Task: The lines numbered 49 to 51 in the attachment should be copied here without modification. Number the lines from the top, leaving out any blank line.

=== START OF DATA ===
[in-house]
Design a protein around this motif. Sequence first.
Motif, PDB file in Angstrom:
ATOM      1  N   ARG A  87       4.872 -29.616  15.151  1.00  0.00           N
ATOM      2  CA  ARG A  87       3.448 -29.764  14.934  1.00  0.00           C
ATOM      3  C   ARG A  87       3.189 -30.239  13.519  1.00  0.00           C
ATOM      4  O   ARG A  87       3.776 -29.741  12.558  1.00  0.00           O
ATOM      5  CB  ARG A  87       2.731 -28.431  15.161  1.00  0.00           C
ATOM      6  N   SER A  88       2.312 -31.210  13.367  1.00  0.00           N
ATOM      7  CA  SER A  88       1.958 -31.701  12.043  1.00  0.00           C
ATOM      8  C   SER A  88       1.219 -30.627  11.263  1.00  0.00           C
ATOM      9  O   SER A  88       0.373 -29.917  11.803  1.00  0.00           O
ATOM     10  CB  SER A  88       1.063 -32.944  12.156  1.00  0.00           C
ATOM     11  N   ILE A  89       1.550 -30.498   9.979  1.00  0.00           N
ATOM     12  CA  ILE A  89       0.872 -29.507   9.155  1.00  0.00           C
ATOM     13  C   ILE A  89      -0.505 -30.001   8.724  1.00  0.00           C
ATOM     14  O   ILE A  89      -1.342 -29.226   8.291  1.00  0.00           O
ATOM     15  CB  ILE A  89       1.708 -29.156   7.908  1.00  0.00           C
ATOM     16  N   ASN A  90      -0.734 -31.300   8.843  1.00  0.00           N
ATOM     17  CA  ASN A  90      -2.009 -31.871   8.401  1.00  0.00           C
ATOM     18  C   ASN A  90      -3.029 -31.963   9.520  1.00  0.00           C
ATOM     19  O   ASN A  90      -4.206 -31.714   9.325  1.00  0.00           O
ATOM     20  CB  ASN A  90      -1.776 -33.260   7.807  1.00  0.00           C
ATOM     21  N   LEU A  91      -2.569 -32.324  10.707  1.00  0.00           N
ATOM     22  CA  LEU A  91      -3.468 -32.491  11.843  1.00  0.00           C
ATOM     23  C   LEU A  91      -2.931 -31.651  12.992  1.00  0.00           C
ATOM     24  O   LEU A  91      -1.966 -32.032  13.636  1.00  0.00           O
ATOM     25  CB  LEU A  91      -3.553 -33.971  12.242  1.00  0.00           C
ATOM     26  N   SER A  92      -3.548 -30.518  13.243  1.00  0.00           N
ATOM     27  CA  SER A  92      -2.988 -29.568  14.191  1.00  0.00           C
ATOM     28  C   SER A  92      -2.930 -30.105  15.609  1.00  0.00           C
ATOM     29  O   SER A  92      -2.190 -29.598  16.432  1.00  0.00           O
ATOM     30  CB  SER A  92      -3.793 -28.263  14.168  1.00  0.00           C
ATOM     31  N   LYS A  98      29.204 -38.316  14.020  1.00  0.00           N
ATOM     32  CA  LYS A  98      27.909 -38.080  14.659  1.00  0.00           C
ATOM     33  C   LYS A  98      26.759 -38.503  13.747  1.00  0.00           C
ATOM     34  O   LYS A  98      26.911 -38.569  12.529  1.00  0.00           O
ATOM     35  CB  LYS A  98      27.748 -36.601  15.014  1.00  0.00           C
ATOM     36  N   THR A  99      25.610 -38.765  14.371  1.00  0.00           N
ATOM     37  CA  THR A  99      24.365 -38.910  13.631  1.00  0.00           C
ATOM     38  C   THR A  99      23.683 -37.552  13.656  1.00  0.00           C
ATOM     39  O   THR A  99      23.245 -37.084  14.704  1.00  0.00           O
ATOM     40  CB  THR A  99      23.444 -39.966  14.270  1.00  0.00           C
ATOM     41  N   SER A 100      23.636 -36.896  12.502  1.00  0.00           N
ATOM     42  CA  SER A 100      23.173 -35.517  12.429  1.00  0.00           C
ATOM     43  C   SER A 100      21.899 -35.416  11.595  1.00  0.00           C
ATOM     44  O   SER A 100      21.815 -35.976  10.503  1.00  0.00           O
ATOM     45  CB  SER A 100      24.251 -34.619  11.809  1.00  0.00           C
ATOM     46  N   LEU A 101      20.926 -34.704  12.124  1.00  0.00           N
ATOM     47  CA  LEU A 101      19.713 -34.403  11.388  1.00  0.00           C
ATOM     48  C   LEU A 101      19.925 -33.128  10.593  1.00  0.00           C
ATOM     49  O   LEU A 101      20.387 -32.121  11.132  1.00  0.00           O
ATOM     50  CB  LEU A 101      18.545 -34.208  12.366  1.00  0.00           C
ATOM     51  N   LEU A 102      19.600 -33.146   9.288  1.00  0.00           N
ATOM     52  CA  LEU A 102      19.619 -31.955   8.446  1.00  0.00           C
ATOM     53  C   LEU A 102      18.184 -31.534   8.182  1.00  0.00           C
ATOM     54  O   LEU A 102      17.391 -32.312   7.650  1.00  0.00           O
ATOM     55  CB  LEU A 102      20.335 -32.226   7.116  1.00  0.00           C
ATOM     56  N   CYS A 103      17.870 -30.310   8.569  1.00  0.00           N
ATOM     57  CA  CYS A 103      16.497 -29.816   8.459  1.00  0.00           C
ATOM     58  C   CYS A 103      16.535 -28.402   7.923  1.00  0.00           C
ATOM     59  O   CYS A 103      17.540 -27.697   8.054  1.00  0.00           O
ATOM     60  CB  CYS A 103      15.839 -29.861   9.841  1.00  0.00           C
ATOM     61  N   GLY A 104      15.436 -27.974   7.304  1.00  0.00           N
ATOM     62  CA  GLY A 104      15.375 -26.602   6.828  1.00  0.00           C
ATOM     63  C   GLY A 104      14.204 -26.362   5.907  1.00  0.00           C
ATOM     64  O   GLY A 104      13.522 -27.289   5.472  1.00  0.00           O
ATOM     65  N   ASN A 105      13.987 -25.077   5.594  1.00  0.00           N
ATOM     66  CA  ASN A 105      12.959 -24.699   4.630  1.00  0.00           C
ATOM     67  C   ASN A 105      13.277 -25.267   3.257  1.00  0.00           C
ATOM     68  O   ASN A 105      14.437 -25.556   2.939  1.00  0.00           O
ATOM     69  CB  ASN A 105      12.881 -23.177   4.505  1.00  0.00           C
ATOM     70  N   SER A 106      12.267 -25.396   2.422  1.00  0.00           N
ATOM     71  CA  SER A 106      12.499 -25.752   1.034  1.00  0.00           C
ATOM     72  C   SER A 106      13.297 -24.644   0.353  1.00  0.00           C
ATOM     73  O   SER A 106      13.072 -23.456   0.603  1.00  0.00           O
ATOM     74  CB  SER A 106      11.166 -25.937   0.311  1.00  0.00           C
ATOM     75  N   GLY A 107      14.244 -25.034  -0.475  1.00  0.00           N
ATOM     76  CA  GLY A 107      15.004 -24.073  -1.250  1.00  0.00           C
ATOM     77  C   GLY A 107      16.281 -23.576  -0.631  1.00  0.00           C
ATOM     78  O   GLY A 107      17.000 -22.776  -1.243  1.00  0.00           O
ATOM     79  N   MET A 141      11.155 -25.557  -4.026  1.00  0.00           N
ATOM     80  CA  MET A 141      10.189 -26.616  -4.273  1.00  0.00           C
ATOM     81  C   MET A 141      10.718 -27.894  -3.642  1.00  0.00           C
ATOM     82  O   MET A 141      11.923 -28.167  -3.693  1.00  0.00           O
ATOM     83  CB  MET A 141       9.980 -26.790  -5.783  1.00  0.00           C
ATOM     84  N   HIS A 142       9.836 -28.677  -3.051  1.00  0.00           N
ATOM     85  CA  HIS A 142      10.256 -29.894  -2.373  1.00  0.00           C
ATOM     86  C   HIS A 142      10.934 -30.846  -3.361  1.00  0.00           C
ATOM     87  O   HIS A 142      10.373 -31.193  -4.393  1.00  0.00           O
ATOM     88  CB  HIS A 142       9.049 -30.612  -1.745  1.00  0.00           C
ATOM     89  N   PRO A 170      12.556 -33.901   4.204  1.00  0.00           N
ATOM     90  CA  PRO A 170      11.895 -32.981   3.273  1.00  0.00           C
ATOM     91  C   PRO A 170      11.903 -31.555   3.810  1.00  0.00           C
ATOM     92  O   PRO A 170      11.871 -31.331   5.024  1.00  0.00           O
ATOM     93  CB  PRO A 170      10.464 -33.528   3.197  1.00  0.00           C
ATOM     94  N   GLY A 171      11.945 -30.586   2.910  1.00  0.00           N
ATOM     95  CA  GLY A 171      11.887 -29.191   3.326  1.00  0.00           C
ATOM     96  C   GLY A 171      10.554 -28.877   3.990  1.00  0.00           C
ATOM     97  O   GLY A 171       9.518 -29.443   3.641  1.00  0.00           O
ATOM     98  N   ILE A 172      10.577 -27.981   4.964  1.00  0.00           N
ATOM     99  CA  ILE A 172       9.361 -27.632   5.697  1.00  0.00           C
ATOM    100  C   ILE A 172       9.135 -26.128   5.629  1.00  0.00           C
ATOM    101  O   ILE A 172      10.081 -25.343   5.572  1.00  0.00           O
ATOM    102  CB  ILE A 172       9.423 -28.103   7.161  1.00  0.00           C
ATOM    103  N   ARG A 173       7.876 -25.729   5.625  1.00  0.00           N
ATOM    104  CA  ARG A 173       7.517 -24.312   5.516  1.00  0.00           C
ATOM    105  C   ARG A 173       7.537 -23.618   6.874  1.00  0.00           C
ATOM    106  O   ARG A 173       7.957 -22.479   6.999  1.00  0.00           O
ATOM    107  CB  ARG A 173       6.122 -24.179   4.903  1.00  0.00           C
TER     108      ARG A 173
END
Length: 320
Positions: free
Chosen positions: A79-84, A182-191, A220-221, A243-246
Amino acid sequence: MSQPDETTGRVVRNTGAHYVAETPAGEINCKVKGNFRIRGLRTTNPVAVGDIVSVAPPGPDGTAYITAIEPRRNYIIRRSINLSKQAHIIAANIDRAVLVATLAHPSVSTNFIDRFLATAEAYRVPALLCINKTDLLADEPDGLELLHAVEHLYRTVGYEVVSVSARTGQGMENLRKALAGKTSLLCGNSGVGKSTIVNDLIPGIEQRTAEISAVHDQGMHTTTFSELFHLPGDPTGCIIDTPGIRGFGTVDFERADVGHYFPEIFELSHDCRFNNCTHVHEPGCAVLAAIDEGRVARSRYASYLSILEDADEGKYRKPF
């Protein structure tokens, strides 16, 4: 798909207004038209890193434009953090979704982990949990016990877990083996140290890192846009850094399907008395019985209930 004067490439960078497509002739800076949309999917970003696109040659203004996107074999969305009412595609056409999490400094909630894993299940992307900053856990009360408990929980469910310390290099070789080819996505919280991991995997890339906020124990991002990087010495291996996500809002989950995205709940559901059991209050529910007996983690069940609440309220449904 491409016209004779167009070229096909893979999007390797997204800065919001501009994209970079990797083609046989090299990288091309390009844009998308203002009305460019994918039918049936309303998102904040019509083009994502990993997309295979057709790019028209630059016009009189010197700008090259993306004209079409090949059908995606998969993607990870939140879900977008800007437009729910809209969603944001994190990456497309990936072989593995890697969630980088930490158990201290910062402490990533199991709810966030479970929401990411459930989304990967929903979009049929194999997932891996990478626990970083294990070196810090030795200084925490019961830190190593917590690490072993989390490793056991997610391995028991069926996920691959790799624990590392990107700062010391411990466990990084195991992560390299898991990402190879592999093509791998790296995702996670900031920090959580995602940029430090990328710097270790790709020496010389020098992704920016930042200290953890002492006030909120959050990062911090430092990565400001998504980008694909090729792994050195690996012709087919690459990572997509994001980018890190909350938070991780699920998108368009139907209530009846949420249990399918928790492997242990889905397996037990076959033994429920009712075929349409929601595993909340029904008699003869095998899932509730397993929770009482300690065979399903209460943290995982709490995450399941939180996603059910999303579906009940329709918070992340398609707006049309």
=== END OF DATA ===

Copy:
ATOM     46  N   LEU A 101      20.926 -34.704  12.124  1.00  0.00           N
ATOM     47  CA  LEU A 101      19.713 -34.403  11.388  1.00  0.00           C
ATOM     48  C   LEU A 101      19.925 -33.128  10.593  1.00  0.00           C